This book has already proved itself as a course adoption leader in Childhood Studies. All of the strengths of the First Edition have been retained. The book is comprehensive and judged with the needs of students in mind. It is a model of clarity and precision and has been acknowledged as such in reviews and course feedback. The new edition thoroughly revises old entries and adds new ones. The book is the most accessible, relevant student introduction to this expanding, interdisciplinary field. It is an indispensable teaching text and an ideal prompt for researchers.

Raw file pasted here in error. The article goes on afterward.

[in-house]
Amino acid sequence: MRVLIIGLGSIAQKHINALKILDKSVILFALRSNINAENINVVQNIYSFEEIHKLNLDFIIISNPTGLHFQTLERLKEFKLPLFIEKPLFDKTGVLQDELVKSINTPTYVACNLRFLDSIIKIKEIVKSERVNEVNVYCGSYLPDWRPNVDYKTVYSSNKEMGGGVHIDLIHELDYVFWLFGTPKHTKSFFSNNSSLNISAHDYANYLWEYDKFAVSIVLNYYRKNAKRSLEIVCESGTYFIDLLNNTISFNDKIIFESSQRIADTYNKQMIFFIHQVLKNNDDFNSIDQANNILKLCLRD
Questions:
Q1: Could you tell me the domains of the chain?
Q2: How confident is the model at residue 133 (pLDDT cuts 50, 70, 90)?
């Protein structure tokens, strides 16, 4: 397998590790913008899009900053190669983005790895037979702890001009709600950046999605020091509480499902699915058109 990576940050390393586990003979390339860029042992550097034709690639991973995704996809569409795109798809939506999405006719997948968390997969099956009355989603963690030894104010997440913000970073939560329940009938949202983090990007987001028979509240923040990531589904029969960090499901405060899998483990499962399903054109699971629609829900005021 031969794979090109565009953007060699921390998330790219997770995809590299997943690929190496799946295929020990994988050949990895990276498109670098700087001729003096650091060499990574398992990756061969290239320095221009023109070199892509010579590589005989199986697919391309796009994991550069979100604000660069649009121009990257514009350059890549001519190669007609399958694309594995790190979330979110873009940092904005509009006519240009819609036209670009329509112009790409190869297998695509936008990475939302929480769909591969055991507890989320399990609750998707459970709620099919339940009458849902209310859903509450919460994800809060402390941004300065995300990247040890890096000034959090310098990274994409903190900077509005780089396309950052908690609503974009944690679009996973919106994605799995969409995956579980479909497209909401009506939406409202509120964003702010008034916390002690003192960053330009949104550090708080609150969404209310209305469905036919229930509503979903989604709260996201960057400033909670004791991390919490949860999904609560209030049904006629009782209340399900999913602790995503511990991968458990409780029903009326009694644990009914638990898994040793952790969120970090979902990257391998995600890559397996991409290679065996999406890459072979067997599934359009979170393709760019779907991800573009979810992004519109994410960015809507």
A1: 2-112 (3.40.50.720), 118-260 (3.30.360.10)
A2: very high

Although current debates about child soldiers tend to focus on the use of children by armed groups, such as the Lord's Resistence Army, in various African conflicts, the involvement of children (as defined by the UNCRC – i.e. people below the age of 18) in war is not a new, or even a recent, phenomenon. Rosen (2005) argues that children have always been involved in fighting wars including, for example, the American Civil War. In addition, children have also always had experience of war, even if not directly involved as combatants, with, in some instances, children being specifically targeted (Wells, 2009).
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